Autism and Neurodevelopmental Disorders: 4 Essential Components of Treatment


Autism and Neurodevelopmental Disorders: 4 Essential Components of Treatment

Whether your child has been diagnosed with an Autism Spectrum Disorder, ADHD, or another neurodevelopmental disorder (or you suspect that your child has some atypical developmental characteristics), you may feel confused and overwhelmed regarding treatment options. There are many different approaches that can be beneficial depending on your child’s specific symptoms and needs. It can be frustrating and challenging for parents to research all the options available, decide what to try, and then access the appropriate treatments.

Most parents want to begin addressing their child’s difficulties right away, but are not sure exactly what to do. They would be relieved to find that there are some core principles of treatment that they can begin implementing with their children right away, regardless of the other treatments to be provided. Even specialists in the field who apply specific behavioral, speech, or cognitive types of therapies often overlook these critical components to treatment. Families can begin having a significant impact on a child’s behavior, learning, social skills, and communication by addressing the following four areas:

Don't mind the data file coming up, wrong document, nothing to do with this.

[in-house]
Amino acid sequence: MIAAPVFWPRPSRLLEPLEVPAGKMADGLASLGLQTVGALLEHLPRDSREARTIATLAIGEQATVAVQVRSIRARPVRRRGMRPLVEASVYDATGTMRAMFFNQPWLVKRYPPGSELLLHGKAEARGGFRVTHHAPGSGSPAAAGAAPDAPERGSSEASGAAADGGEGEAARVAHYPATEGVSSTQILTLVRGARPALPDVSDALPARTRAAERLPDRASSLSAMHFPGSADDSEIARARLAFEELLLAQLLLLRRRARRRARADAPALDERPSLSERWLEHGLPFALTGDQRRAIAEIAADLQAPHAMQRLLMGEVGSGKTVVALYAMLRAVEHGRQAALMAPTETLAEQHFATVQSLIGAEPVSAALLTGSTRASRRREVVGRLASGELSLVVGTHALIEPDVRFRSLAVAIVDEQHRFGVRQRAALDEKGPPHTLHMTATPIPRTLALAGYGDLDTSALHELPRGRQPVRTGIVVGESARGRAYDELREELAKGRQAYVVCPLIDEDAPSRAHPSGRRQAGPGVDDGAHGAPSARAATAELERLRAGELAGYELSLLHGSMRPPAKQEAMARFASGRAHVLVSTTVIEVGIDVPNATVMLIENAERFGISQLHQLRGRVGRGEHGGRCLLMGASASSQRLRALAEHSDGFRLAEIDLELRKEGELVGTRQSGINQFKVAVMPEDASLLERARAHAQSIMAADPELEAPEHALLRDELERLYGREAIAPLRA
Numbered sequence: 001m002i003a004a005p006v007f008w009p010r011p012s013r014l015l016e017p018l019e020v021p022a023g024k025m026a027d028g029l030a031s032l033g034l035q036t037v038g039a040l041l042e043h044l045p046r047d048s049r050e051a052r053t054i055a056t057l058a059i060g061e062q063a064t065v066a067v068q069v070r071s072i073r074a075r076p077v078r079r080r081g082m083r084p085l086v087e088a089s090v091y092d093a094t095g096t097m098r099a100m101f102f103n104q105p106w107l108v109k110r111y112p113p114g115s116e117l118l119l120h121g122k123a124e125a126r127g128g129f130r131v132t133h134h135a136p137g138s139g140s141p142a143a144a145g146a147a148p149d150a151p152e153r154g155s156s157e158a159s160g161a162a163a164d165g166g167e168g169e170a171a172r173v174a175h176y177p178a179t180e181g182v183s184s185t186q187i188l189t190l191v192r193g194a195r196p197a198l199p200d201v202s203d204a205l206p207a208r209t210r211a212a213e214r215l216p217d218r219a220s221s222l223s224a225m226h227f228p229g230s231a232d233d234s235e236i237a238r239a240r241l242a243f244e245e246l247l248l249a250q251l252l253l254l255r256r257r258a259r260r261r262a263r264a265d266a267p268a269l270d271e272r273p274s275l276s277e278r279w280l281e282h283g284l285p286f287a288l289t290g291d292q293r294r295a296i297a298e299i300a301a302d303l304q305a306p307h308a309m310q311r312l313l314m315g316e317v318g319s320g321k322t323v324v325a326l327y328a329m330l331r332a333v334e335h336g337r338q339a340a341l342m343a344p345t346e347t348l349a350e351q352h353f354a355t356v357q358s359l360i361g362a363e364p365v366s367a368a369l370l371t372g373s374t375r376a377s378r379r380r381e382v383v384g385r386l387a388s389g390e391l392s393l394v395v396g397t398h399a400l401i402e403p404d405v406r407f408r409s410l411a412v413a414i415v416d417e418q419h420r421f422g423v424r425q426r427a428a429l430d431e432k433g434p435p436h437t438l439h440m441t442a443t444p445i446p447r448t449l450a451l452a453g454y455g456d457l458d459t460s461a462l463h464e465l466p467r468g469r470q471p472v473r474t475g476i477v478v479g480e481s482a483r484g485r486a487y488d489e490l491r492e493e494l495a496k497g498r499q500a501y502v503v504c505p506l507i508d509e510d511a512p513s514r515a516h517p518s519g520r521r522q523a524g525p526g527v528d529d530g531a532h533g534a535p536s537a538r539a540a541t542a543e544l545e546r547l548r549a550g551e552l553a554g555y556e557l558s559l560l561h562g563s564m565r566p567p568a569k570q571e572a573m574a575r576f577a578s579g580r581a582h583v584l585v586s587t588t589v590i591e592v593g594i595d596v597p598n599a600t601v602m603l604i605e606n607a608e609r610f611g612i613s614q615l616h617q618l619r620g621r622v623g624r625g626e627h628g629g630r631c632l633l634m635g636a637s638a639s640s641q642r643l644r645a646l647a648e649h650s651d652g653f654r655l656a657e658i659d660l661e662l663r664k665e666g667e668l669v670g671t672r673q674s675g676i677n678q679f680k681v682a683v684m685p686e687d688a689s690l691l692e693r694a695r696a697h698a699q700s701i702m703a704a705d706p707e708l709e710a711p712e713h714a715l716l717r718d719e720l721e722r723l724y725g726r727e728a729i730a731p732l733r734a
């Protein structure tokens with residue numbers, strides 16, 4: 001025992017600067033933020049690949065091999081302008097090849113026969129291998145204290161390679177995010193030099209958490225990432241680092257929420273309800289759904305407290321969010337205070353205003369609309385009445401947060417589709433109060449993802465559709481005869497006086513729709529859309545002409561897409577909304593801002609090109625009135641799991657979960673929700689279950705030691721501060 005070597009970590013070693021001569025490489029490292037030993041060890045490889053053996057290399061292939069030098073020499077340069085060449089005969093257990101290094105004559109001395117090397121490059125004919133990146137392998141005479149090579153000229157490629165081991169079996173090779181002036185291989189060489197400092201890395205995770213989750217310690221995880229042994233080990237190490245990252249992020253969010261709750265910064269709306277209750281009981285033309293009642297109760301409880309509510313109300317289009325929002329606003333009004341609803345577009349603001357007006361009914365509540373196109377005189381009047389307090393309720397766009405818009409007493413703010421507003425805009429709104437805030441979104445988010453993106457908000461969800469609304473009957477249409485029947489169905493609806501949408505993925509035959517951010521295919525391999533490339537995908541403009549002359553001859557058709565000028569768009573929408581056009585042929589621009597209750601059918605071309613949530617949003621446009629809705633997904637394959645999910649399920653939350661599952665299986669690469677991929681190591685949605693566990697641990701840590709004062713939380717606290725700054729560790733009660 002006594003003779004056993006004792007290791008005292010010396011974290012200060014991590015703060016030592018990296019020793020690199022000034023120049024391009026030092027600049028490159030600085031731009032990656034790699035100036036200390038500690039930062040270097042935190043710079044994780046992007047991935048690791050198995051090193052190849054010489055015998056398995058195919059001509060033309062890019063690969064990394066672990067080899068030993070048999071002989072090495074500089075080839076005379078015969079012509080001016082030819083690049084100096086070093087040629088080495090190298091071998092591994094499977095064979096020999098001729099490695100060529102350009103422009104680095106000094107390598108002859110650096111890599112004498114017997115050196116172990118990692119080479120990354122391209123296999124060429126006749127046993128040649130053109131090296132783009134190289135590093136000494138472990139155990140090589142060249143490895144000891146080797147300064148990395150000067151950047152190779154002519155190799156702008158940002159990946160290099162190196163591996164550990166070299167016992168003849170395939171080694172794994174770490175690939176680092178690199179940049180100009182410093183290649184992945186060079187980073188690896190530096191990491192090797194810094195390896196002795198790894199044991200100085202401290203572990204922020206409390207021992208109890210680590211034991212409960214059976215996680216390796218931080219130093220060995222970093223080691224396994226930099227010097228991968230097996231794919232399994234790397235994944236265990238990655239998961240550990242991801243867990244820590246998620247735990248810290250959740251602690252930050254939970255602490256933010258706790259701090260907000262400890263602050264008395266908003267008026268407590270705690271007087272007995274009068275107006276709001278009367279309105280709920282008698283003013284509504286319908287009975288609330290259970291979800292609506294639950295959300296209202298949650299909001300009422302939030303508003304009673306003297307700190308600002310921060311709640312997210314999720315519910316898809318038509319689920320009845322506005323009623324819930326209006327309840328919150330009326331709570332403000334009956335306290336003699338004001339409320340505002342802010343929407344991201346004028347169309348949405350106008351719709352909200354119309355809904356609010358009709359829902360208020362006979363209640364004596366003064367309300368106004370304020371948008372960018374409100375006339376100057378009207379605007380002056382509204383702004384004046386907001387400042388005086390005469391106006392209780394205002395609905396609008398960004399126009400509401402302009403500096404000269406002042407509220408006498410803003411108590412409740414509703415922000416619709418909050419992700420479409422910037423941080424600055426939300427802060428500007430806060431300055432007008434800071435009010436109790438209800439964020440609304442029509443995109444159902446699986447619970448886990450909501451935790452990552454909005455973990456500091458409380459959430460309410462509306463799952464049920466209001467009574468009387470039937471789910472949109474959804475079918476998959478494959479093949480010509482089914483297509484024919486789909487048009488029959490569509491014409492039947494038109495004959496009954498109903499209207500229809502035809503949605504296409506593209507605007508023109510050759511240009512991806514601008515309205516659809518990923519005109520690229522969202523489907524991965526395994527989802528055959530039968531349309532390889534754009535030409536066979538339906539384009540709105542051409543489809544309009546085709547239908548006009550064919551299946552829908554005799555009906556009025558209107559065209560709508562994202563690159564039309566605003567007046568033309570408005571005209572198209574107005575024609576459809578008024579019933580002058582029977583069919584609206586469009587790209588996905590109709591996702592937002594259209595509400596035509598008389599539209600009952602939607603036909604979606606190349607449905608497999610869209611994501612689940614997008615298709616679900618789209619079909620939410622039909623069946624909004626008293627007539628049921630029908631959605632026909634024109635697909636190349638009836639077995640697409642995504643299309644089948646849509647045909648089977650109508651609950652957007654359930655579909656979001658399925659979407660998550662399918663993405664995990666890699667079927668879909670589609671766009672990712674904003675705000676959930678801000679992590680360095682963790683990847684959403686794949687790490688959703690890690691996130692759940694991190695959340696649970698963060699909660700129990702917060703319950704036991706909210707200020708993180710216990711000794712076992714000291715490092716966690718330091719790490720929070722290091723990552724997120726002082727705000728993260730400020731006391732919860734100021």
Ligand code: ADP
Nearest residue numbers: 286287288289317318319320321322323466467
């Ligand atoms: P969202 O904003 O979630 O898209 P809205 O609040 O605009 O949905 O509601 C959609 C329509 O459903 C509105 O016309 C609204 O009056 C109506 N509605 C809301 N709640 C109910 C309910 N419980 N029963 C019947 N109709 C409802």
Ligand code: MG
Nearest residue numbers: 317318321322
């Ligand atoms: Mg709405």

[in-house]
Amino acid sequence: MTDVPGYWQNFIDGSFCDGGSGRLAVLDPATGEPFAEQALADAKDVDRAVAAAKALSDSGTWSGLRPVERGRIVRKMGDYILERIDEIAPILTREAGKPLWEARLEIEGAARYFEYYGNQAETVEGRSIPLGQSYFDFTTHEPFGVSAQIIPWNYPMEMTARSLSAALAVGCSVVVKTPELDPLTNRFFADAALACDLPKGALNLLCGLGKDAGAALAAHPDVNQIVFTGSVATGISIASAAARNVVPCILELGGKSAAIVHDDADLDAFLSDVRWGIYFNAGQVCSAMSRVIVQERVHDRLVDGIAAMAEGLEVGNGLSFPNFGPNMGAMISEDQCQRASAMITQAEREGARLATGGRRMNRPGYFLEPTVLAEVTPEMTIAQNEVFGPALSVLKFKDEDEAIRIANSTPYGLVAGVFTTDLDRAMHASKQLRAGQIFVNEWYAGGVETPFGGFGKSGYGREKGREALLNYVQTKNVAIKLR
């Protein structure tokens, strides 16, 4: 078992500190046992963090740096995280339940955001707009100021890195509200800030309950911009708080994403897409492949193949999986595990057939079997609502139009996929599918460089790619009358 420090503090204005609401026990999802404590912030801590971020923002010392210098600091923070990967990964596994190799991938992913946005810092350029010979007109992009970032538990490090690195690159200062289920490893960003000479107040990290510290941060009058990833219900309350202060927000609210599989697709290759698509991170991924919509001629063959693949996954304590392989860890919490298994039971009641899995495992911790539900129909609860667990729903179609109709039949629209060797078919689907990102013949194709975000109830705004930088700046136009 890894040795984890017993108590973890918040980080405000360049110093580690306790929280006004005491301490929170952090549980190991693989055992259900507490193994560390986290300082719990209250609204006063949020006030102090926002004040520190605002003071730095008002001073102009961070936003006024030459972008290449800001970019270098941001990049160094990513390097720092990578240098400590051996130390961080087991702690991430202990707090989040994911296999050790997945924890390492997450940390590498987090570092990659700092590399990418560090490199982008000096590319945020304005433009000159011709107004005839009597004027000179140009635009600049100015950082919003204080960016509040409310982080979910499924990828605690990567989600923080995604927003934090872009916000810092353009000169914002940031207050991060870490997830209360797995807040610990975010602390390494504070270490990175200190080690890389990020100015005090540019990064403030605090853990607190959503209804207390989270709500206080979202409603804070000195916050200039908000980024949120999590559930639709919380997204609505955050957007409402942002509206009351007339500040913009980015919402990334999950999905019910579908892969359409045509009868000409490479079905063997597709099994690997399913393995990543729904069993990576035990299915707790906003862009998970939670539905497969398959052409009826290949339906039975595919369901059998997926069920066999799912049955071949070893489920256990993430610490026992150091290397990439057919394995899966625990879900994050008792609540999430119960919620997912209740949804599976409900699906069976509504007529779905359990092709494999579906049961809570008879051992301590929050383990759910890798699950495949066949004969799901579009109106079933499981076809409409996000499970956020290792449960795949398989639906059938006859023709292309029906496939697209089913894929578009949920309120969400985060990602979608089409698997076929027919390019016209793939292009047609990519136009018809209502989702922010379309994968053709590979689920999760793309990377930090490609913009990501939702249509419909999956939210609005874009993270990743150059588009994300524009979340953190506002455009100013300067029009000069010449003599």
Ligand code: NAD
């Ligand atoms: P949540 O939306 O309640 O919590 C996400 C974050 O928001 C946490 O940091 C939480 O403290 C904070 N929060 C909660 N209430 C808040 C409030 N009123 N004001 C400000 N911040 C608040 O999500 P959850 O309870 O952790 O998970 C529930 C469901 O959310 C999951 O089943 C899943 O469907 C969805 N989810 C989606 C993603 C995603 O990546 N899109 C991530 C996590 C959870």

1. Diet –The types of food your child is eating has a major impact on all aspects of behavior and development. Many children have what has become known as the “typical American kid diet” of hot dogs, macaroni and cheese, chips, fries, etc. Not only is this diet setting children up for a variety of health problems, but it negatively impacts their brain development! Many children with autism and other neurodevelopmental disorders are picky eaters, and want to stick to certain types of food. It is important to expose these children to a variety of foods in ways that are comfortable for them so that they begin to expand their diet.  Children with neurodevelopmental issues often have food sensitivities (such as gluten, soy, and casein) that contribute to their challenges. Getting appropriate food sensitivity testing by a health care provider, and removing from the diet foods that are creating problems, can have a significant impact on everything from behavior to communication. Supplementation with vitamins and minerals can also be an integral part of treatment for these children. Working with a health practitioner who is well versed in identifying and treating children with these issues is vital to identifying deficiencies, and treating them through supplementation and other biomedical approaches.